Not Business as usual: building partnerships, building wall tents (conference presentation)

University of Calgary Taylor Institute for Teaching and Learning
Conference on Postsecondary Teaching: Courageous Practices: Equity, Diversity and Belonging in Postsecondary Education

Quest is an experiential, outdoor onboarding course required for Business Administration students at our university. Each summer, business faculty partner with senior students to vision, design, and lead a multi-night stay in the wilderness as part of the Quest course. Quest sets the critical foundation for our faculty’s students as partners (SaP) pedagogical approach, which runs throughout our business program. In a systematic review of SaP literature, Mercer-Mapstone et al. (2017) indicate a multitude of reciprocal outcomes that SaP can support within higher education settings. Furthermore, Healey, Flint, and Harrington (2014) note that SaP can support the creation of learning communities between students and staff. While, Coker, Heiser, Taylor, and Book (2017) indicate that in-depth experiential learning opportunities support the development of student higher order thinking improved educational experiences. Each offering of Quest is unique as it relies entirely on the vision created and facilitated by students. Students have always chosen to include building a wall tent camp, which has become a metaphor for building our learning community. In this interactive session, participants will construct mini wall tents as we discuss and demonstrate how to incorporate SaP into programming. Our goal is to facilitate an understanding of what you can build (both physically and metaphorically) when students are partners in learning. Wall tent construction is a novel task, and it can be a powerful metaphor for building community, home, and safety that can support both students and faculty not only their wilderness experiences, but throughout their learning journeys and beyond.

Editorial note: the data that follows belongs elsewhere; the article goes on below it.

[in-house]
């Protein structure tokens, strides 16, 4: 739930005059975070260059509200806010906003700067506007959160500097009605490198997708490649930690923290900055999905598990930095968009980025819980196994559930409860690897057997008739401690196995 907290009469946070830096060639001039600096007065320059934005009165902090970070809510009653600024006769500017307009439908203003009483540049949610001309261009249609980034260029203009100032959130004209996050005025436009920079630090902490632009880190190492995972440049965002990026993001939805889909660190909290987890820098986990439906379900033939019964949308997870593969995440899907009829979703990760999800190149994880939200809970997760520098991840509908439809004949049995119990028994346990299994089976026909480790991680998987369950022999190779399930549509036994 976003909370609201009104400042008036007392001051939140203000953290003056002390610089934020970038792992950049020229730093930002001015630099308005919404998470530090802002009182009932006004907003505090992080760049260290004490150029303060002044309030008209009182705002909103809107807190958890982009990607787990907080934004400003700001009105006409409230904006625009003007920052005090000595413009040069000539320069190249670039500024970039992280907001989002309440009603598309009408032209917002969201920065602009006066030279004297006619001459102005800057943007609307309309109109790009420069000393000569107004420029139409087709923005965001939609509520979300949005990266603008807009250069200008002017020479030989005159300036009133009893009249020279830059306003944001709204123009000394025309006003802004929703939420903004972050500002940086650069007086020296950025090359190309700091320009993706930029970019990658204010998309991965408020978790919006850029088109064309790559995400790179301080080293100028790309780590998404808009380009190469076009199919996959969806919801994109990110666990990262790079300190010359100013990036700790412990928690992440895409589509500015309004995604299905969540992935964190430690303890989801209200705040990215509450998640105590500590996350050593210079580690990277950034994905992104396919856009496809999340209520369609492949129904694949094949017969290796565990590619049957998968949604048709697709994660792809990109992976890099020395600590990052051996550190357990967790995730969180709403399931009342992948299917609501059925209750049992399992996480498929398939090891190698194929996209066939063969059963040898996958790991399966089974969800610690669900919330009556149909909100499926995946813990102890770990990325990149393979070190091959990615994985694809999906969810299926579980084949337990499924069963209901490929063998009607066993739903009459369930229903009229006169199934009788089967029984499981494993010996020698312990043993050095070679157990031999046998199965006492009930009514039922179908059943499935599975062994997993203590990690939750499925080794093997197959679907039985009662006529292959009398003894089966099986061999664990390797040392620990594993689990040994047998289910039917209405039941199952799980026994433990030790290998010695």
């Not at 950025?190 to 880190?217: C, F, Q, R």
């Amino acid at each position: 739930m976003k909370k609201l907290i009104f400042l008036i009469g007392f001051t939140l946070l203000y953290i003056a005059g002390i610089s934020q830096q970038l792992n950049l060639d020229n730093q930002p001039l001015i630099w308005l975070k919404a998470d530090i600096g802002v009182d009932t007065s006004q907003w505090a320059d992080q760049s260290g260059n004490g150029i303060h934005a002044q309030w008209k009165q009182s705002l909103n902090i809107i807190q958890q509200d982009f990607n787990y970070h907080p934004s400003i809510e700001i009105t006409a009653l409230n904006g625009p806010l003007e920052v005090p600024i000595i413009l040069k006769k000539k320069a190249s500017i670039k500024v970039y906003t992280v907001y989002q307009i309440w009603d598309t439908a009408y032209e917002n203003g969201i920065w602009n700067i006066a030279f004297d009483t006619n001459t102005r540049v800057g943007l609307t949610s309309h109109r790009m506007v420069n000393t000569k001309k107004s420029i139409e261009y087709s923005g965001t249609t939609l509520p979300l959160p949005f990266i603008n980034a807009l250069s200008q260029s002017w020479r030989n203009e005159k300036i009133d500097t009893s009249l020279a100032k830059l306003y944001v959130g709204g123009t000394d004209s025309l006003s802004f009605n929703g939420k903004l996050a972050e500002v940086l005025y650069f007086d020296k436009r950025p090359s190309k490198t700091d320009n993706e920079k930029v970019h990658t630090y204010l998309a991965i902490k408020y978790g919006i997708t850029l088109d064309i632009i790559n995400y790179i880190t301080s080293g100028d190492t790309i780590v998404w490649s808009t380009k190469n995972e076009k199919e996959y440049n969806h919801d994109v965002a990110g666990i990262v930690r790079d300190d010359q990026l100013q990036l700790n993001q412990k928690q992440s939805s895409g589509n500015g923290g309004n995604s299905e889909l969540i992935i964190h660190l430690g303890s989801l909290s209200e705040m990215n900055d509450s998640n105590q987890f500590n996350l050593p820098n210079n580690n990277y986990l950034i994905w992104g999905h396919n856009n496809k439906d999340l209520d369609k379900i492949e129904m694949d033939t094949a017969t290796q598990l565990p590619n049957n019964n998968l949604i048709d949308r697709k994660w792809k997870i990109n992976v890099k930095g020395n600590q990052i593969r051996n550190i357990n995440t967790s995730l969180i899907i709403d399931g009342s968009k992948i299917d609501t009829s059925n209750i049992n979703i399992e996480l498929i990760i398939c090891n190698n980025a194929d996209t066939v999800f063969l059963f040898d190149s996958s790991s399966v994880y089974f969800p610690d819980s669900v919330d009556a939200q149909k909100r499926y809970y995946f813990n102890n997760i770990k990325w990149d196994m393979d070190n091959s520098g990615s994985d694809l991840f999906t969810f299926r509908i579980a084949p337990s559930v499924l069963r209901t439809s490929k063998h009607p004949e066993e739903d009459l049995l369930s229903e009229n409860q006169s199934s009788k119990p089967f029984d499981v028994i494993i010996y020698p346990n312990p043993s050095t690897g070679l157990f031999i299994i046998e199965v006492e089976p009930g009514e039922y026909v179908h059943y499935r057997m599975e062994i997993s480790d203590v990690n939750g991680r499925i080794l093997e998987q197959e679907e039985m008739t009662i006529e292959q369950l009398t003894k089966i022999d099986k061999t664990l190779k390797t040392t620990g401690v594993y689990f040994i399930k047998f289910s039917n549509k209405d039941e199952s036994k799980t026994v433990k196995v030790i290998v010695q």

Healey, M., Flint, A., & Harrington, K. (2014). From engagement through partnership: Students as partners in learning and teaching in higher education. York, United Kingdom: The Higher Education Academy.

Mercer-Mapstone, L., Drovakova, S.L., Matthews, K. E., Abbot, S., Cheng, B., Felten, P., Swaim, K. (2017). A systematic literature review of students as partners in higher education. International Journal for Students as Partners 1 (2), 1-23.

Coker, J. S., Heiser, E., Taylor, L., & Book, C. (2017). Impacts of experiential learning depth and breadth on student outcomes. Journal of Experiential Education, 40(1), 5-23. Doi:10.1177/1053825916678265

Project team

Rodney Hulstein, School of Business and Leadership
Colleen Grandy, School of Business and Leadership
Taylor Bradley, BBA student (2024)
Calista Battersby, BBA student (2024)

Partners and funders

YukonU Scholarly Activity Grant